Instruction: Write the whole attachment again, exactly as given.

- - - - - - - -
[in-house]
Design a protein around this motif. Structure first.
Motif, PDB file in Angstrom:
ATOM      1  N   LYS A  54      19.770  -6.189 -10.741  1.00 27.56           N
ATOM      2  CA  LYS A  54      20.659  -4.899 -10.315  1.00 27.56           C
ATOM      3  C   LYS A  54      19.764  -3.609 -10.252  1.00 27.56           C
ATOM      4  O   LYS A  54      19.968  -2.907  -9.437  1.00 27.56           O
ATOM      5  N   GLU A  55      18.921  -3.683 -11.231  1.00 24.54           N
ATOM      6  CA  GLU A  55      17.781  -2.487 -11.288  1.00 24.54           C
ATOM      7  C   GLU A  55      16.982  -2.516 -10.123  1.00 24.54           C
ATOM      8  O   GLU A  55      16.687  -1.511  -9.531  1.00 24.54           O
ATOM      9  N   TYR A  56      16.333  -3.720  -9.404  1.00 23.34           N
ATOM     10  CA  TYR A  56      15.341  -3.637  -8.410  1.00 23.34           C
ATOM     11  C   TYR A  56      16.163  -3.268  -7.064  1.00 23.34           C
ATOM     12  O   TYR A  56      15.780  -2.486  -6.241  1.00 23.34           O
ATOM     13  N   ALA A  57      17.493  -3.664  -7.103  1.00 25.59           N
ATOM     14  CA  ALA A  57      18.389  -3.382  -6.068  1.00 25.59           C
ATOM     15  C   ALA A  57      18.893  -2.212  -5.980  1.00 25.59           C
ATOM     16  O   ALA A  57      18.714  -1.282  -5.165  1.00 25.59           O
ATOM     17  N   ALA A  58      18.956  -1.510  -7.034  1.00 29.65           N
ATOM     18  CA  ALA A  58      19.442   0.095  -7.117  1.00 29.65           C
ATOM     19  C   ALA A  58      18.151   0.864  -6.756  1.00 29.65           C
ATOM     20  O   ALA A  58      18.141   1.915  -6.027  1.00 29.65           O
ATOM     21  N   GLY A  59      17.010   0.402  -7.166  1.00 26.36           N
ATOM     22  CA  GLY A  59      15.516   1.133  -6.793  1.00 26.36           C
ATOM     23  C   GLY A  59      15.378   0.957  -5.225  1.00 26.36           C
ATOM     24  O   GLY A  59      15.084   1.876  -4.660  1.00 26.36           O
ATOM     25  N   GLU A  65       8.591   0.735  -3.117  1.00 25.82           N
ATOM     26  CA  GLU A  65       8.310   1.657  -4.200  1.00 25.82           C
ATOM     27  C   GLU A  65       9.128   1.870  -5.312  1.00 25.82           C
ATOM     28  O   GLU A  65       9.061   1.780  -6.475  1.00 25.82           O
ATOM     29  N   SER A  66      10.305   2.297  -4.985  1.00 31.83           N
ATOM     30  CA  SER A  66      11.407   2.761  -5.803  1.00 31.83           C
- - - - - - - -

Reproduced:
[in-house]
Design a protein around this motif. Structure first.
Motif, PDB file in Angstrom:
ATOM      1  N   LYS A  54      19.770  -6.189 -10.741  1.00 27.56           N
ATOM      2  CA  LYS A  54      20.659  -4.899 -10.315  1.00 27.56           C
ATOM      3  C   LYS A  54      19.764  -3.609 -10.252  1.00 27.56           C
ATOM      4  O   LYS A  54      19.968  -2.907  -9.437  1.00 27.56           O
ATOM      5  N   GLU A  55      18.921  -3.683 -11.231  1.00 24.54           N
ATOM      6  CA  GLU A  55      17.781  -2.487 -11.288  1.00 24.54           C
ATOM      7  C   GLU A  55      16.982  -2.516 -10.123  1.00 24.54           C
ATOM      8  O   GLU A  55      16.687  -1.511  -9.531  1.00 24.54           O
ATOM      9  N   TYR A  56      16.333  -3.720  -9.404  1.00 23.34           N
ATOM     10  CA  TYR A  56      15.341  -3.637  -8.410  1.00 23.34           C
ATOM     11  C   TYR A  56      16.163  -3.268  -7.064  1.00 23.34           C
ATOM     12  O   TYR A  56      15.780  -2.486  -6.241  1.00 23.34           O
ATOM     13  N   ALA A  57      17.493  -3.664  -7.103  1.00 25.59           N
ATOM     14  CA  ALA A  57      18.389  -3.382  -6.068  1.00 25.59           C
ATOM     15  C   ALA A  57      18.893  -2.212  -5.980  1.00 25.59           C
ATOM     16  O   ALA A  57      18.714  -1.282  -5.165  1.00 25.59           O
ATOM     17  N   ALA A  58      18.956  -1.510  -7.034  1.00 29.65           N
ATOM     18  CA  ALA A  58      19.442   0.095  -7.117  1.00 29.65           C
ATOM     19  C   ALA A  58      18.151   0.864  -6.756  1.00 29.65           C
ATOM     20  O   ALA A  58      18.141   1.915  -6.027  1.00 29.65           O
ATOM     21  N   GLY A  59      17.010   0.402  -7.166  1.00 26.36           N
ATOM     22  CA  GLY A  59      15.516   1.133  -6.793  1.00 26.36           C
ATOM     23  C   GLY A  59      15.378   0.957  -5.225  1.00 26.36           C
ATOM     24  O   GLY A  59      15.084   1.876  -4.660  1.00 26.36           O
ATOM     25  N   GLU A  65       8.591   0.735  -3.117  1.00 25.82           N
ATOM     26  CA  GLU A  65       8.310   1.657  -4.200  1.00 25.82           C
ATOM     27  C   GLU A  65       9.128   1.870  -5.312  1.00 25.82           C
ATOM     28  O   GLU A  65       9.061   1.780  -6.475  1.00 25.82           O
ATOM     29  N   SER A  66      10.305   2.297  -4.985  1.00 31.83           N
ATOM     30  CA  SER A  66      11.407   2.761  -5.803  1.00 31.83           C